The Khorasan Group Explained

photo of Al Nusra Front flag from Wikipedia

The Khorasan Group may be more dangerous to the US than the Islamic State – that is, if they exist at all.

Who is the Khorasan Group according to US Intelligence?

If the Khorasan Group is any indication, bigger doesn’t always mean stronger. According to US National Intelligence director James Clapper, the Khorasan poses as much danger to America as the Islamic State.

Unlike the Islamic State, officials state the Khorasan Group derives strength, not through numbers and overt violence, but through expertise. Intelligence says group consists of a small network of veteran Al Qaeda officers numbering about 50.

Despite allegedly being on the US radar for over two years, the Khorasan Group didn’t fully emerge to the public eye until US air strikes targeted Islamic militants in Syria – a strike which also targeted Khorasan operatives.

Additionally, National Intelligence Director James Clapper set off a string of media coverage about the group when he mentioned them in a national press conference.

According to the AP, the group operates primarily in Syria and has benefitted from large scale operations against the Islamic State which have diverted attention away from their own presence.

Their name – Khorasan – which is a title given to the group by US officials, is reported to be derived from an ancient province under the Islamic caliphate that included parts of Afghanistan, Iran, and Pakistan.

Why they are considered dangerous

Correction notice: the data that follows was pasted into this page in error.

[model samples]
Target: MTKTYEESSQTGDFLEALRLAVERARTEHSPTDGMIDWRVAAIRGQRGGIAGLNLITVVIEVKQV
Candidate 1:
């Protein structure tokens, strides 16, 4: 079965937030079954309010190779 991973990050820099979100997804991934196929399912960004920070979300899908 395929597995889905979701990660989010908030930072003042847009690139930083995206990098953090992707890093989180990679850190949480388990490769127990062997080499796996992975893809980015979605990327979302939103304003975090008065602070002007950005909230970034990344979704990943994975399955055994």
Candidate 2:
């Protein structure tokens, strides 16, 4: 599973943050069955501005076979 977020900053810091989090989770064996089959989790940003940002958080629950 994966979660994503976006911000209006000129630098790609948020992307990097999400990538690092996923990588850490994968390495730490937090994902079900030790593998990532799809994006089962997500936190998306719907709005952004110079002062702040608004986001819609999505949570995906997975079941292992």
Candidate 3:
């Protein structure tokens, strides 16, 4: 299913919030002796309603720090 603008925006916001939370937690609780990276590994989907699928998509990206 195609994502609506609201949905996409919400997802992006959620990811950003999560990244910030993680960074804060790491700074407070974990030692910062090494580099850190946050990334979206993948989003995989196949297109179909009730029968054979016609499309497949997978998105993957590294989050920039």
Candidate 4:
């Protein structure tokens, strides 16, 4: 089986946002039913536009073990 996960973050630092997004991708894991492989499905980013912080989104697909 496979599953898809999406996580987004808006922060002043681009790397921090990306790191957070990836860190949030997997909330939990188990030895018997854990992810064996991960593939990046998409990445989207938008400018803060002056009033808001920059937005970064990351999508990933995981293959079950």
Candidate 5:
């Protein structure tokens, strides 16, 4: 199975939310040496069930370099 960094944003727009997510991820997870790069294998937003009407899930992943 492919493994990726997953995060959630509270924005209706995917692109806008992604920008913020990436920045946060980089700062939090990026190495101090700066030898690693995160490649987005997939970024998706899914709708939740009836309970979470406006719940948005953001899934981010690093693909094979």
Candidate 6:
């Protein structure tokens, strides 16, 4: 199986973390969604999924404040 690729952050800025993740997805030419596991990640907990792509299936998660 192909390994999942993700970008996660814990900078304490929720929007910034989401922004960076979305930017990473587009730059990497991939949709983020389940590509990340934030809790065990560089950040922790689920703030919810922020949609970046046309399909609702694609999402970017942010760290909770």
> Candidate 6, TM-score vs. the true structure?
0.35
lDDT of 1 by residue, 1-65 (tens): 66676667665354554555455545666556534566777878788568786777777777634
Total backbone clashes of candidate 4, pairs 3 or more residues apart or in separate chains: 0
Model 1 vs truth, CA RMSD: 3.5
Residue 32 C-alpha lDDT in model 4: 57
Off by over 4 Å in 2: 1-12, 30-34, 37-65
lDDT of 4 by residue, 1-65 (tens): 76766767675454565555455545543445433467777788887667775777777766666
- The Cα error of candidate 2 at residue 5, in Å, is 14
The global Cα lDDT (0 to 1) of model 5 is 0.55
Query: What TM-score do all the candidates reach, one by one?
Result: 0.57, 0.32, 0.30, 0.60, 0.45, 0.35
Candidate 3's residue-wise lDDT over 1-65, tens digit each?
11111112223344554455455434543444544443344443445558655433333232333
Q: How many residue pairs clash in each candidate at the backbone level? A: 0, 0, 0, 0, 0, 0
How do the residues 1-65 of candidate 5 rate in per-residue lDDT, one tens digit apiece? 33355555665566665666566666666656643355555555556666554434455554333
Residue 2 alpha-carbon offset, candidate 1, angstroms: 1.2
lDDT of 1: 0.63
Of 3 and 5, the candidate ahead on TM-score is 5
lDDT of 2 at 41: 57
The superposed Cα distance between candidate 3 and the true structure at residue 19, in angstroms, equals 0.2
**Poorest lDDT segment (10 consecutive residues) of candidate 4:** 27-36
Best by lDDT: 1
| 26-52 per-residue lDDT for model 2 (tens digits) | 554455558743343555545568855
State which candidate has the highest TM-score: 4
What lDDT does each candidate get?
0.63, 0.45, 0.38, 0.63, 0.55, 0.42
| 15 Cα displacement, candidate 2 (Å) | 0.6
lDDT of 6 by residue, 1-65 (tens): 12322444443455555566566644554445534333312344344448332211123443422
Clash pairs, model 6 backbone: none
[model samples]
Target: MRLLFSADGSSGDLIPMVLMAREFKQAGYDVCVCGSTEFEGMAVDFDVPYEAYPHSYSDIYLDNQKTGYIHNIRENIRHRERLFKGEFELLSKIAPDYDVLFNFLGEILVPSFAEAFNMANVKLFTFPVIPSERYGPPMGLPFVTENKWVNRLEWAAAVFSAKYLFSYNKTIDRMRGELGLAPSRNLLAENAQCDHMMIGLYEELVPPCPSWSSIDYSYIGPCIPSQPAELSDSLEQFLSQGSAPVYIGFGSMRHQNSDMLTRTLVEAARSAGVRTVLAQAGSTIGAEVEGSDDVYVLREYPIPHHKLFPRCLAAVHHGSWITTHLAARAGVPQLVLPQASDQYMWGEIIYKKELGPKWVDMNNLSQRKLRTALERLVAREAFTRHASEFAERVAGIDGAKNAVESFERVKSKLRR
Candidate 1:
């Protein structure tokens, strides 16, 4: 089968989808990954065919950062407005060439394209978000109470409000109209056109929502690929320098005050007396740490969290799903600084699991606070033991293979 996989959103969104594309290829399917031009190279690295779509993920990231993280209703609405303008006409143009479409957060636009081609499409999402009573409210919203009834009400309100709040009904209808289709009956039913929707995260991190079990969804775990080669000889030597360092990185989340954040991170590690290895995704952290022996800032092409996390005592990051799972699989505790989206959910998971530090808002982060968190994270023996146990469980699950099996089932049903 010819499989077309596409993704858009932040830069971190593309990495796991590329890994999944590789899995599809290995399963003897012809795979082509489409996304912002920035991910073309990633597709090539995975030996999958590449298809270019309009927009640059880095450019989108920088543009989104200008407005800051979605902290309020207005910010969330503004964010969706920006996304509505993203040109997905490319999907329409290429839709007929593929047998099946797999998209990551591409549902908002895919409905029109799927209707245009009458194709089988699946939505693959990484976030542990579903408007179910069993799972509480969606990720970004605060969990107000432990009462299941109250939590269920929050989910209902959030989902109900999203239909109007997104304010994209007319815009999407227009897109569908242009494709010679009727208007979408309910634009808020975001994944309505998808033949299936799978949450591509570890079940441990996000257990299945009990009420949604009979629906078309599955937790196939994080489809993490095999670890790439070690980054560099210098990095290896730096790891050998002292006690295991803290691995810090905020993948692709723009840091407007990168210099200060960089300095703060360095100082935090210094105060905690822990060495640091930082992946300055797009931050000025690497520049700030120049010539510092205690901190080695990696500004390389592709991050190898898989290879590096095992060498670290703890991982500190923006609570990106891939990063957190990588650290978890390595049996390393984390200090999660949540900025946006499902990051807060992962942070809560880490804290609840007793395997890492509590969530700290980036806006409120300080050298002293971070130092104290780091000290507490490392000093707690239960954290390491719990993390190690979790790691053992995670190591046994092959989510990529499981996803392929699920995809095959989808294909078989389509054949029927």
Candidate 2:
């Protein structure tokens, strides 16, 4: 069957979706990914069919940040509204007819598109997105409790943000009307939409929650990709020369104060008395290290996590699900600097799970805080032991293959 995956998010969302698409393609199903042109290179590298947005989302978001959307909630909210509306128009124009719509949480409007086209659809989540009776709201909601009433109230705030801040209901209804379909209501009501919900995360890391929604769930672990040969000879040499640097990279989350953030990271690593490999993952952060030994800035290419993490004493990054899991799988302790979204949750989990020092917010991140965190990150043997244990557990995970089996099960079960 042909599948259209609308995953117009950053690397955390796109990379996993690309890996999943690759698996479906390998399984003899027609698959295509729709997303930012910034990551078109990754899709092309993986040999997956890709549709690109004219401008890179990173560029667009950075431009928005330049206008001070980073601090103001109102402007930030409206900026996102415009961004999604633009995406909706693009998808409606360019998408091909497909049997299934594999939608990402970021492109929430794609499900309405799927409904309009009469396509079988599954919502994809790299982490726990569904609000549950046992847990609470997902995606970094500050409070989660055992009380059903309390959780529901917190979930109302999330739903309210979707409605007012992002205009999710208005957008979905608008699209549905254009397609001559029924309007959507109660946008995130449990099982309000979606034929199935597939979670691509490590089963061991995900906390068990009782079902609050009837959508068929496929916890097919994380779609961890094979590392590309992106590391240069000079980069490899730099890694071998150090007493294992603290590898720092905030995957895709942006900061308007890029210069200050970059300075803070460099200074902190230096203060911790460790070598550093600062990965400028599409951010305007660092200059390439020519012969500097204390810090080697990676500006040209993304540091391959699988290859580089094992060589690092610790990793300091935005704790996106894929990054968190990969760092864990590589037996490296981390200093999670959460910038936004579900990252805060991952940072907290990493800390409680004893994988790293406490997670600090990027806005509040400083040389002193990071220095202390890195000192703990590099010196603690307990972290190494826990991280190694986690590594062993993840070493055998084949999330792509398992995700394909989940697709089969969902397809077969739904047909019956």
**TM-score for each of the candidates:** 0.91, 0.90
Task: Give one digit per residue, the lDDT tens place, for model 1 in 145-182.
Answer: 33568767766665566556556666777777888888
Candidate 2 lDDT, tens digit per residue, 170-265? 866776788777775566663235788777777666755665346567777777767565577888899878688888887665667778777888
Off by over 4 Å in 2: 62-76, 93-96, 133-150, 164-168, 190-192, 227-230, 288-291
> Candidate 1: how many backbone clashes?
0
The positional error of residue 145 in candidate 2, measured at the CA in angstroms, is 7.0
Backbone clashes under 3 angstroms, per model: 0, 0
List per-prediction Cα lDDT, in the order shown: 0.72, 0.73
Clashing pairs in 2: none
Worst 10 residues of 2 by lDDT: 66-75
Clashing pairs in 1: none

The group is supposedly made up of a number of seasoned Al Qaeda veterans whom the US has warned are capable of orchestrating terrorist attacks against the US homeland.

US intelligence says operatives were dispatched to Syria by Al Qaeda leader Ayman al-Zawahiri in order to link with Al Qaeda’s Yemini affiliates.

Here, officials say, the operatives were attempting to collude with Yemini affiliates in an effort to create a bomb that could target US aviation.

This threat and their alleged ability to orchestrate an attack on US aviation in particular has drawn US attention towards the group.

Additionally, the flood of Western extremists to the area has raised US concerns that the group may be attempting to recruit Western jihadists in their plot to down a US plane – none of such Westerners more infamous than former French Intelligence officer David Durgeon, who is believed to be helping the group make a covert bomb.

Al Qaeda in the Arabian Peninsula (AQAP), the group whom Khorasan operatives are reported to be working with, have already successfully smuggled bombs onto US bound planes, though they were never successfully detonated.

Are they still active?

For now, it appear that US lead campaigns against the group have been at least somewhat successful. In Late Sept. 2014, an Al Qaeda affiliate’s Twitter feed appears to corroborate US reports that air strikes were successful in killing Mohsin al-Fadhli, the group’s purported leader.

Additionally, in Nov. 2014, a missile attack on the group was thought to have killed a former French Intelligence officer David Durgeon who was working with Al Qaeda officials to create a bomb that could slip past airport security.

Some, however, are unconvinced that the group even exists at all. “First Look” editor and American lawyer Glenn Greenwald posits in a piece on The Intercept, that the Khorasan Group may very well be a red herring created to justify a continued air campaign in Syria.

Others have claimed the group could be more accurately described as a cell of the Nusra front – which is a subsect of Al Qaeda which operates primarily in Syria.

Conspiracy or not, the US military continues to wage its campaign against the group. While US military claims air strikes have lowered the threat, the CIA claims that the group is still as dangerous as ever.

We measure success by the understanding we deliver. If you could express it as a percentage, how much fresh understanding did we provide?
James Pero